Knock-out (KO) models are used to disrupt or inactivate a target gene. Depending on your project and objectives, different KO can be established:
- Gene inactivation is the simplest approach to elucidate the elementary function of a gene.
- Conditional KO can bypass lethal phenotype associated with gene inactivation at early developmental steps.
- Analysis of gene inactivation effects on adult animal (pathologies that normally occurs on adulthood).
- As 65% of protein coding genes are likely pleiotropic (single gene controlling or influencing multiple (and possibly unrelated) phenotypic traits, de Angelis et al., 2015), conditional knock-out simplify phenotyping analyses by focusing on a specific cell type.
- Gene inactivation or disruption can be compensated by other members of a multigene family ; several KO should be realized in some cases to obtain phenotype effects (ex: Hox genes).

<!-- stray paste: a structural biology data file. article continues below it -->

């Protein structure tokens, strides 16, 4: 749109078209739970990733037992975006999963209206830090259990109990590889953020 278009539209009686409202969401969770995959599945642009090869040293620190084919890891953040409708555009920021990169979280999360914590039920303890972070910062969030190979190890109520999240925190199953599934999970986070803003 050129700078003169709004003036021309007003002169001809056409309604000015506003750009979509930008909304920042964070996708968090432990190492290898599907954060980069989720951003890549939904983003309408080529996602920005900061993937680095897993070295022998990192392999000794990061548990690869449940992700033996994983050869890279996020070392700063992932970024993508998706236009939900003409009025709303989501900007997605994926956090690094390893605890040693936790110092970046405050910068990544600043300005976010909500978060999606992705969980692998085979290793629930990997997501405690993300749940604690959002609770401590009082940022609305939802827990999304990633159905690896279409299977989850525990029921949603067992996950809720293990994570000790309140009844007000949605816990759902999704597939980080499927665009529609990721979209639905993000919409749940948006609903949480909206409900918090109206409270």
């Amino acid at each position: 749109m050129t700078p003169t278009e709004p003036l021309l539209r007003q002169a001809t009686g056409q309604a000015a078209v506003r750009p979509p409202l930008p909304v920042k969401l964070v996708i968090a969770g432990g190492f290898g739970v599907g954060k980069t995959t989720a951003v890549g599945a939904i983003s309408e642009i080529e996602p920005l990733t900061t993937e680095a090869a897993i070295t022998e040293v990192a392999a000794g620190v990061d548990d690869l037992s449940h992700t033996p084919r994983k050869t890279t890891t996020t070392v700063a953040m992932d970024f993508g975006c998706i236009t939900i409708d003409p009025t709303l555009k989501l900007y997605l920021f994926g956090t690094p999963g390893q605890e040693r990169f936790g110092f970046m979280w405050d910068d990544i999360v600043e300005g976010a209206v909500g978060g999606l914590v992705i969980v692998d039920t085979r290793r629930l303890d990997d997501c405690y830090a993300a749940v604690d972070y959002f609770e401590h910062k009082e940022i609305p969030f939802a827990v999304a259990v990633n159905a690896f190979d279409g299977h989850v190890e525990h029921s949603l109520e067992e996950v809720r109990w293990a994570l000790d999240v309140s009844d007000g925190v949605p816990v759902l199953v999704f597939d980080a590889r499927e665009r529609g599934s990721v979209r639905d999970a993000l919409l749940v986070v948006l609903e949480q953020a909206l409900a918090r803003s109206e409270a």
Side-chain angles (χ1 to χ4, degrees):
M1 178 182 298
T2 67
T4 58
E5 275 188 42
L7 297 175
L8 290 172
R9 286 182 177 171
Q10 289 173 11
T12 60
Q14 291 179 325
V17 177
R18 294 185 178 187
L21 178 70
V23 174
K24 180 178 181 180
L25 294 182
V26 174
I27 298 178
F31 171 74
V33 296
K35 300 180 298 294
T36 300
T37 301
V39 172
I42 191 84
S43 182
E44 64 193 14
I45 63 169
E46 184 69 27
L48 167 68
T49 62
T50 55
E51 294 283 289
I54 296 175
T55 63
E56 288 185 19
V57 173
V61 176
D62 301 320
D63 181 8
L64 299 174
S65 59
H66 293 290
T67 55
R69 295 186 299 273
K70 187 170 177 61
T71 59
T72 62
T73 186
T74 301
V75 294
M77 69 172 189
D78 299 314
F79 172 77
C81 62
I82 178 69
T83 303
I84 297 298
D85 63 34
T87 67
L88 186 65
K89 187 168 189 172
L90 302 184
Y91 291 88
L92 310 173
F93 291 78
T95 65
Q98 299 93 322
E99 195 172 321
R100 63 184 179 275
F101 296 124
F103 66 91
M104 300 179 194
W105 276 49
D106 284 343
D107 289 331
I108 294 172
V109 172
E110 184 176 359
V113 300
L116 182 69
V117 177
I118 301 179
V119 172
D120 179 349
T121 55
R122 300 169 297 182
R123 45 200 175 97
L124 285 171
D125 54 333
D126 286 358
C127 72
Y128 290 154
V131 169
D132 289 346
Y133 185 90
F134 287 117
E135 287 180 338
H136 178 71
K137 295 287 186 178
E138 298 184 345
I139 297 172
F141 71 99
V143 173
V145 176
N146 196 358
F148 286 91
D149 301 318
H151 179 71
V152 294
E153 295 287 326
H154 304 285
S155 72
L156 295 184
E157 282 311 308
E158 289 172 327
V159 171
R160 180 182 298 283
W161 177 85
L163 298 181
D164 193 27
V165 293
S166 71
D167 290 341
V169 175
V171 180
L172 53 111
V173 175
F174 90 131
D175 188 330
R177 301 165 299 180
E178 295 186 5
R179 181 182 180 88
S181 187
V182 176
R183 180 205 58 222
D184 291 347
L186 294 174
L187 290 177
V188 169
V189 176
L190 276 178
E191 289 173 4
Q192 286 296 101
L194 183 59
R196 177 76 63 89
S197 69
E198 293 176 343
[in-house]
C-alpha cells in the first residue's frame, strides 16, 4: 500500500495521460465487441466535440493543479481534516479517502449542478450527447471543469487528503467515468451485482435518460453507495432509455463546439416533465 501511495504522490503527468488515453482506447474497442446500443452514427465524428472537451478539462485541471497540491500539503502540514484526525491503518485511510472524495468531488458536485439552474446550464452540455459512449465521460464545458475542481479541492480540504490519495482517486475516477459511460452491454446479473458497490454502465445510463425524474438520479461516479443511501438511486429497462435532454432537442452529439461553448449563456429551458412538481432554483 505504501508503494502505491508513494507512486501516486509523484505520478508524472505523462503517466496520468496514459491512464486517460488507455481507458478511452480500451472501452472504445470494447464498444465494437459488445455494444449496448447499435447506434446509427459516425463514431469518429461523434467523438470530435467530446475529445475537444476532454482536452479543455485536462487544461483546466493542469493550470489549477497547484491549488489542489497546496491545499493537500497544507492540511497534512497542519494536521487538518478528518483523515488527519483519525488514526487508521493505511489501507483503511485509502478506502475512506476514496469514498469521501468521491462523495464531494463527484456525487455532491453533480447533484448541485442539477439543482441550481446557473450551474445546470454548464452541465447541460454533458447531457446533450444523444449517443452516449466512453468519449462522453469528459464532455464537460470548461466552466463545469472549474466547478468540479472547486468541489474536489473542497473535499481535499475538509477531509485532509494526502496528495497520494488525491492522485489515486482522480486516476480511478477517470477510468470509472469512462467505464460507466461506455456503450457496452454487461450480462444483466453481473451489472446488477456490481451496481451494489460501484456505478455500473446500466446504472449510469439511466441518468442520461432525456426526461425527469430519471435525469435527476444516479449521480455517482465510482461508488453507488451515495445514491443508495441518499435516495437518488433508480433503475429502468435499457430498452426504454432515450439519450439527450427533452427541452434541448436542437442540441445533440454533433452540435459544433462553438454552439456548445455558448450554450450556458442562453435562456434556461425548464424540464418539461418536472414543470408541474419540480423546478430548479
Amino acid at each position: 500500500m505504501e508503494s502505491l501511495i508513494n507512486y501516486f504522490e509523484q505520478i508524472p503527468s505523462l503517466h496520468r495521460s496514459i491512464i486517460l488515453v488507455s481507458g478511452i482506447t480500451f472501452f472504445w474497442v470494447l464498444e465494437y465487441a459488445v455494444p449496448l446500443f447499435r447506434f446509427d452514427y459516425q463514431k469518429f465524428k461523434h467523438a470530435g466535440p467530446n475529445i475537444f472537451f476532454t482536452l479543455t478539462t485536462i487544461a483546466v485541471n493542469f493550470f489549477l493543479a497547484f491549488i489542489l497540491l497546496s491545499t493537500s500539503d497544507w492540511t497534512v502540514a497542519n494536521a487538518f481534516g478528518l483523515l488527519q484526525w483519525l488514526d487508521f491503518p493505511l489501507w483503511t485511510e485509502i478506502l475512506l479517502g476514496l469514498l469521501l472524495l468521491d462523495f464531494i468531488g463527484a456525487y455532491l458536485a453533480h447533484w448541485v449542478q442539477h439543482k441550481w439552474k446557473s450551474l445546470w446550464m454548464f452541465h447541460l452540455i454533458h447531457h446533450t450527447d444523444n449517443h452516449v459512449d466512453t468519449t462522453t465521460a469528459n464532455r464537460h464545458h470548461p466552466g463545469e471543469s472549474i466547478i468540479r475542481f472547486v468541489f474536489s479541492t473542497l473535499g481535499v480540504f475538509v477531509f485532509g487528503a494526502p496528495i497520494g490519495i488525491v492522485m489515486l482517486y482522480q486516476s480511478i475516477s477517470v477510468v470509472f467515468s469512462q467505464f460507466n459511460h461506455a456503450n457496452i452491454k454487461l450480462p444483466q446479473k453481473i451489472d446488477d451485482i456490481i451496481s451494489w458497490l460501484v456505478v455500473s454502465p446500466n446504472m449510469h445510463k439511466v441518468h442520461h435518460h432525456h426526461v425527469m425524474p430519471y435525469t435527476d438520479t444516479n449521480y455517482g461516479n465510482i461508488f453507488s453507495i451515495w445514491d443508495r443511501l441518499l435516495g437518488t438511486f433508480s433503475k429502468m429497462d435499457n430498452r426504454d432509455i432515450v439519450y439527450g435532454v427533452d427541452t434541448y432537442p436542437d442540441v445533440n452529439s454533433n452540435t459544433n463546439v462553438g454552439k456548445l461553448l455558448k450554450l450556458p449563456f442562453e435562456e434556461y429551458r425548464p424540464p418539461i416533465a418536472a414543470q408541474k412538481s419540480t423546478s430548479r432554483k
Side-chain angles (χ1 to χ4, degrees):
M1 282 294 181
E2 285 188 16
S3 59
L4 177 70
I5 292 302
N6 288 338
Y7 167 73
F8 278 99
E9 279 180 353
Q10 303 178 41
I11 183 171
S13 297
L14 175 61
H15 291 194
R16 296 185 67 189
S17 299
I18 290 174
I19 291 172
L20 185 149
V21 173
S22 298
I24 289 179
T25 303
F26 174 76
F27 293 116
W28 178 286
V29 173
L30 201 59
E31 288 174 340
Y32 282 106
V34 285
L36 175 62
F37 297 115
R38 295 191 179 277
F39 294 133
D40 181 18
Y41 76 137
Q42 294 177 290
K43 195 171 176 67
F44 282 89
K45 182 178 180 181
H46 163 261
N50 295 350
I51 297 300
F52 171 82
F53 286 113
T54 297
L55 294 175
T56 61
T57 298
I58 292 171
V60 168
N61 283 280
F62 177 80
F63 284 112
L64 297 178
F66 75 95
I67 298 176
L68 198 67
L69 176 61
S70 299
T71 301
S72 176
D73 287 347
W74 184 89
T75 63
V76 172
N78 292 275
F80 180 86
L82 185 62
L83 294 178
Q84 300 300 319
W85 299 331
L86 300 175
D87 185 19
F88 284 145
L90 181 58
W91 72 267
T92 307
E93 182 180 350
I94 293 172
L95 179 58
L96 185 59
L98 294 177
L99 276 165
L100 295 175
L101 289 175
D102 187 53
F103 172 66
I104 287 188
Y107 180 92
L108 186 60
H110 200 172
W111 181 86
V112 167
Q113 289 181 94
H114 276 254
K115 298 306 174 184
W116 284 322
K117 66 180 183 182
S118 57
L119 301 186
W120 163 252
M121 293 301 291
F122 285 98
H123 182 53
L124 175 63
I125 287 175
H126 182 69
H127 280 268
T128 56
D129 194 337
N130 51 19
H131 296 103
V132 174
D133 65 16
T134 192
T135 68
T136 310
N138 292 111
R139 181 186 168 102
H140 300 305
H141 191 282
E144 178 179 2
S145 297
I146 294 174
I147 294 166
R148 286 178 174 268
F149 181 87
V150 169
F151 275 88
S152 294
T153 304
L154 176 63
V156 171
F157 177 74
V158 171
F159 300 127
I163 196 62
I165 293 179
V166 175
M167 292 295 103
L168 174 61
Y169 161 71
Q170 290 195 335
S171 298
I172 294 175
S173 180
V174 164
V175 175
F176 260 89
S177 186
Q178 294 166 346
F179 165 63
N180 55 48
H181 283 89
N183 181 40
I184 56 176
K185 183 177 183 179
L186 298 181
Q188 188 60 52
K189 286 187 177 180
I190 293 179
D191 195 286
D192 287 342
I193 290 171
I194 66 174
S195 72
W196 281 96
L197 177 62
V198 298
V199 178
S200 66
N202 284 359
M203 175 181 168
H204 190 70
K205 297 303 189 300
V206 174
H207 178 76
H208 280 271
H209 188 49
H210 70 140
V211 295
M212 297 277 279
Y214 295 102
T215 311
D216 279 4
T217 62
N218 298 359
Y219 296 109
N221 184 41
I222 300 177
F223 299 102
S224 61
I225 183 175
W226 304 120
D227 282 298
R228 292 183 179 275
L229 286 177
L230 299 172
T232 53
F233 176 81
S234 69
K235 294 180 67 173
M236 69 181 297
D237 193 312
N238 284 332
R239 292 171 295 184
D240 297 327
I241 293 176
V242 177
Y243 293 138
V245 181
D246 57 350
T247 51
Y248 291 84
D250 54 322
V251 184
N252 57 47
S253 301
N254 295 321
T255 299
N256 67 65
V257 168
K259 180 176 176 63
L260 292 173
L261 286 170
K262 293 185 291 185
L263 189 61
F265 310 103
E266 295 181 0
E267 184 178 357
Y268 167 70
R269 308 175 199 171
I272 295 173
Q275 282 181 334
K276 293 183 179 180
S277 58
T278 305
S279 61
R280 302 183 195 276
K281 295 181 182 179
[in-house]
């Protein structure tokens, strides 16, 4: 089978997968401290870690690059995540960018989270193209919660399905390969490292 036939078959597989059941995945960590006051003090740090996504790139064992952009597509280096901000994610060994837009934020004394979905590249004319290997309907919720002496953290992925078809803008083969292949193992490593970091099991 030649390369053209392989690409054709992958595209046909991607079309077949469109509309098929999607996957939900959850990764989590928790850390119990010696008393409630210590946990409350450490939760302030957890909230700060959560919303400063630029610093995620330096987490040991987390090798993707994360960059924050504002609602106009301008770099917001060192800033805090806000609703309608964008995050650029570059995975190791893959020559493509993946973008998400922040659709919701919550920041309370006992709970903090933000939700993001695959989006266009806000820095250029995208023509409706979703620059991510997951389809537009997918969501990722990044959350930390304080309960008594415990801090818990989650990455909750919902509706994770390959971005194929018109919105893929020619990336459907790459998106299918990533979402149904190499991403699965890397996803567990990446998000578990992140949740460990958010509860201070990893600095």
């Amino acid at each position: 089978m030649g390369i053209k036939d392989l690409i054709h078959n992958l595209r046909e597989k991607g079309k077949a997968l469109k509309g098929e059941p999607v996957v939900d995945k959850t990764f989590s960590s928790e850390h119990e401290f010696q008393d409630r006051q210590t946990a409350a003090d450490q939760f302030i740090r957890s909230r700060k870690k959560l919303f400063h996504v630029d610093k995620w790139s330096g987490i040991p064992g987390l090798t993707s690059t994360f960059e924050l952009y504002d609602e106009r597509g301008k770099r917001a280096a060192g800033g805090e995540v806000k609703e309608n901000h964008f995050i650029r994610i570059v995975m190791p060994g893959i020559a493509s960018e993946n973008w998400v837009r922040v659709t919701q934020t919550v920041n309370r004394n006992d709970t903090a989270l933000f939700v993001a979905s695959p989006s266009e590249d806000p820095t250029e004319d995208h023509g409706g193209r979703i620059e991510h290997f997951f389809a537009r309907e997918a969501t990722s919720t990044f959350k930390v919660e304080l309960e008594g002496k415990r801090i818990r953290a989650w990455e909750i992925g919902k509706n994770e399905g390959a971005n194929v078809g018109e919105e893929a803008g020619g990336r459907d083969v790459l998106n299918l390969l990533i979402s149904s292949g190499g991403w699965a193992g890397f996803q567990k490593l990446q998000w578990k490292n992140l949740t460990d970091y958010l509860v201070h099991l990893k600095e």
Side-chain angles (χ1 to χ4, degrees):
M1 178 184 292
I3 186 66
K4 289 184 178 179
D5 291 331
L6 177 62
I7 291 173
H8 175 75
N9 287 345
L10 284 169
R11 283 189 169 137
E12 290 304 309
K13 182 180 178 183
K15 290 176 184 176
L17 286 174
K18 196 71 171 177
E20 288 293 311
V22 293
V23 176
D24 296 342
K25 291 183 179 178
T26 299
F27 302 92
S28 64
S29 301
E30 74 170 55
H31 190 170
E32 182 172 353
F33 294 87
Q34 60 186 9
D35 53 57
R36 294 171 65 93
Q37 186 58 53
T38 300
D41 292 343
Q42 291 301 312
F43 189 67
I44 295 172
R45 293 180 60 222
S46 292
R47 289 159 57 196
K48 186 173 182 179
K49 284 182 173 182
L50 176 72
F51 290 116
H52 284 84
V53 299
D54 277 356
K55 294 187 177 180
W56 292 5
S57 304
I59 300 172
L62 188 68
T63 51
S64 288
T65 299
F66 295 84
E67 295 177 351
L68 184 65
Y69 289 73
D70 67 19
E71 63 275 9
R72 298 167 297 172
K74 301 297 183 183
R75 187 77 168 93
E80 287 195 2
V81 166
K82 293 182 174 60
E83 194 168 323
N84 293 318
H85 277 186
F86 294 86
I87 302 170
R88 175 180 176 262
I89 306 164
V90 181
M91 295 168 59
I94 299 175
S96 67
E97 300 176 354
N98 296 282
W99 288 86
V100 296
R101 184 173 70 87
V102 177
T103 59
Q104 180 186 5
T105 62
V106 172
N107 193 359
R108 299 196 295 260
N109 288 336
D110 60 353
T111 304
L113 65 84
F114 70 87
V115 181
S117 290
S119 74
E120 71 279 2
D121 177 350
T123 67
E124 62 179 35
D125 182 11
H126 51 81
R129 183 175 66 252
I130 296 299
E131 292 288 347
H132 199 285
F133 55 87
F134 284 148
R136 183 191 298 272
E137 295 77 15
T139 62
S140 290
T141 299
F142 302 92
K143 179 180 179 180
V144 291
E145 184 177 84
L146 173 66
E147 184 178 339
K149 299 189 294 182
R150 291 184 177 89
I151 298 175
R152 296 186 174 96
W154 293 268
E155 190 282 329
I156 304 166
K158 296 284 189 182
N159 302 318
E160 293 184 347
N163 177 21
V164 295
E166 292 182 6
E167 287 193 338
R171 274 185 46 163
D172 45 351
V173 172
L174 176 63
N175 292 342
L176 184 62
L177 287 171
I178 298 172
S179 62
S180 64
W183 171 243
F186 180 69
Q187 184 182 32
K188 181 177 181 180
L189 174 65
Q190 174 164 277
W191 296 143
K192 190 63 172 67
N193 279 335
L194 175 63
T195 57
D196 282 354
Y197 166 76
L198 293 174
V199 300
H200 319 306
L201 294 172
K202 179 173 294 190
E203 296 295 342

- Gene KO may fail to produce observable phenotypes in mice or rat or may produce different characteristics from those observed in humans in which the same gene has been inactivated.
Note: genetic background limits generalizability of genotype - phenotype relationships (Sittig et al., 2016); other inbred or outbred backgrounds may better recapitulate Human phenotypes.
Depending on your project and objectives, KO animals can be obtained through
- PHENOMIN participates to the EUCOMMtools, IKMC and IMPC consortia for the production of cKO ES cells and mice and for the creation and characterization of tissue-specific Cre and CreERT2 models.
- Personalized genome engineering service to fit our customer needs.
- Implication in international consortia (near 20 different consortia) to benefit from the last technics and scientific expertise.
- Continuous R&D activity to improve our technics and success rate and propose our customers the best approach for their projects.
- PHENOMIN designed the European CREATE recommendations for using the cre/loxP system.